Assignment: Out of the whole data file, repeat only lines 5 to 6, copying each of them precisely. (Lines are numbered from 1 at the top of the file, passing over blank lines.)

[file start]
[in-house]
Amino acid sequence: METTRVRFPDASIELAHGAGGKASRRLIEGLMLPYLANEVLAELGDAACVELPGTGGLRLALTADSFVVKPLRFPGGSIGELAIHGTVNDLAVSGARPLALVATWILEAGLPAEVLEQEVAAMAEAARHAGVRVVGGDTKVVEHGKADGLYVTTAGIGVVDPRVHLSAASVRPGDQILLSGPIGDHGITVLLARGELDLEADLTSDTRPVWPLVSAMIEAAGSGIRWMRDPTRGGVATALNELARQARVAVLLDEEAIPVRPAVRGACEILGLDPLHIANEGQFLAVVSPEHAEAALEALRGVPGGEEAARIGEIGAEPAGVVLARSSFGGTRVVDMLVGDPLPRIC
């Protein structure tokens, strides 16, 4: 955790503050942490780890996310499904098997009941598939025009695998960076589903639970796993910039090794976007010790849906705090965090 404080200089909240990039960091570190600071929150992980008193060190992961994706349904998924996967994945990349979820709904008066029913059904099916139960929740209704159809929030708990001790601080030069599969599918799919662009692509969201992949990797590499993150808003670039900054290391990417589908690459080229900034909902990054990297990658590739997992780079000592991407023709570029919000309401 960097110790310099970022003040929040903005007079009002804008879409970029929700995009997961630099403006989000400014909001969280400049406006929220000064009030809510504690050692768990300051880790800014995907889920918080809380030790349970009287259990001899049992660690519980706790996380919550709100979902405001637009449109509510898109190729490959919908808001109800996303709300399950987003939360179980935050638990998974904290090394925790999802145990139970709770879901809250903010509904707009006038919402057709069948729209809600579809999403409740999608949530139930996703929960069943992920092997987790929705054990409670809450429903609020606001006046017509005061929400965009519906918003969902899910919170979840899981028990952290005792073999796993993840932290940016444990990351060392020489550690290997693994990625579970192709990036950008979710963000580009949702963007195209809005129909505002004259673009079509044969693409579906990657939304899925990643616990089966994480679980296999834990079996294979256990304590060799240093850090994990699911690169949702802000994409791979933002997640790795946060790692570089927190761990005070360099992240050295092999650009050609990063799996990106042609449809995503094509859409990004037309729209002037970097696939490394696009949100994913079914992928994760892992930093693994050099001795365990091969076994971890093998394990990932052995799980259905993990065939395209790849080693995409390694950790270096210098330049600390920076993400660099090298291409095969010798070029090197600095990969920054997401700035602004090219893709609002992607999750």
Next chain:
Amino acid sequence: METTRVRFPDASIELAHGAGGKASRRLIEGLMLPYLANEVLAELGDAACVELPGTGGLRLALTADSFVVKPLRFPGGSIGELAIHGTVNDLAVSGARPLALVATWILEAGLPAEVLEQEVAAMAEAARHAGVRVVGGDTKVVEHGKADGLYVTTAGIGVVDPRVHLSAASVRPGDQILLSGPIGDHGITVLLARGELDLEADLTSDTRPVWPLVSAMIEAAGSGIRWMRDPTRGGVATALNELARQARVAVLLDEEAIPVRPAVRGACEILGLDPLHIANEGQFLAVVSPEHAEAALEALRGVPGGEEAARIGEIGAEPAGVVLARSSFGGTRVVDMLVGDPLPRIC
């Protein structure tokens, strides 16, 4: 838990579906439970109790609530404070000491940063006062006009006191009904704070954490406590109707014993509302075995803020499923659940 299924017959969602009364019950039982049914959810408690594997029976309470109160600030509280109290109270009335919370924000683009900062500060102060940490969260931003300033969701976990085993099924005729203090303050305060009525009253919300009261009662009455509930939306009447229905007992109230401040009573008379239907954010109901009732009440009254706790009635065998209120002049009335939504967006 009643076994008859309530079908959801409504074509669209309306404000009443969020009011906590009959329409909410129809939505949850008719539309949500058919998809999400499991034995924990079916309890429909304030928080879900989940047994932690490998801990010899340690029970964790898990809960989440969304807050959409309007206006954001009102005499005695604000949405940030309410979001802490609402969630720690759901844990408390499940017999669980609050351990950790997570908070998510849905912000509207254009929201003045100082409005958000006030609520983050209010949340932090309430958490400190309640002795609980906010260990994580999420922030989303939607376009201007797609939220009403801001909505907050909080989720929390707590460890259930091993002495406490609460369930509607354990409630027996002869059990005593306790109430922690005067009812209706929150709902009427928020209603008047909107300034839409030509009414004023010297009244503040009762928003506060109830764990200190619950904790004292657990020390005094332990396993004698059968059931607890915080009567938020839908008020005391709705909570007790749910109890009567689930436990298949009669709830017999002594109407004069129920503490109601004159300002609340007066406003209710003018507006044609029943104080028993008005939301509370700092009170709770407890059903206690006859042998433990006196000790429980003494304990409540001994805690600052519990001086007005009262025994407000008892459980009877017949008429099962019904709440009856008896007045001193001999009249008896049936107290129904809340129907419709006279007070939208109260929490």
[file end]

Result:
Amino acid sequence: METTRVRFPDASIELAHGAGGKASRRLIEGLMLPYLANEVLAELGDAACVELPGTGGLRLALTADSFVVKPLRFPGGSIGELAIHGTVNDLAVSGARPLALVATWILEAGLPAEVLEQEVAAMAEAARHAGVRVVGGDTKVVEHGKADGLYVTTAGIGVVDPRVHLSAASVRPGDQILLSGPIGDHGITVLLARGELDLEADLTSDTRPVWPLVSAMIEAAGSGIRWMRDPTRGGVATALNELARQARVAVLLDEEAIPVRPAVRGACEILGLDPLHIANEGQFLAVVSPEHAEAALEALRGVPGGEEAARIGEIGAEPAGVVLARSSFGGTRVVDMLVGDPLPRIC
């Protein structure tokens, strides 16, 4: 838990579906439970109790609530404070000491940063006062006009006191009904704070954490406590109707014993509302075995803020499923659940 299924017959969602009364019950039982049914959810408690594997029976309470109160600030509280109290109270009335919370924000683009900062500060102060940490969260931003300033969701976990085993099924005729203090303050305060009525009253919300009261009662009455509930939306009447229905007992109230401040009573008379239907954010109901009732009440009254706790009635065998209120002049009335939504967006 009643076994008859309530079908959801409504074509669209309306404000009443969020009011906590009959329409909410129809939505949850008719539309949500058919998809999400499991034995924990079916309890429909304030928080879900989940047994932690490998801990010899340690029970964790898990809960989440969304807050959409309007206006954001009102005499005695604000949405940030309410979001802490609402969630720690759901844990408390499940017999669980609050351990950790997570908070998510849905912000509207254009929201003045100082409005958000006030609520983050209010949340932090309430958490400190309640002795609980906010260990994580999420922030989303939607376009201007797609939220009403801001909505907050909080989720929390707590460890259930091993002495406490609460369930509607354990409630027996002869059990005593306790109430922690005067009812209706929150709902009427928020209603008047909107300034839409030509009414004023010297009244503040009762928003506060109830764990200190619950904790004292657990020390005094332990396993004698059968059931607890915080009567938020839908008020005391709705909570007790749910109890009567689930436990298949009669709830017999002594109407004069129920503490109601004159300002609340007066406003209710003018507006044609029943104080028993008005939301509370700092009170709770407890059903206690006859042998433990006196000790429980003494304990409540001994805690600052519990001086007005009262025994407000008892459980009877017949008429099962019904709440009856008896007045001193001999009249008896049936107290129904809340129907419709006279007070939208109260929490």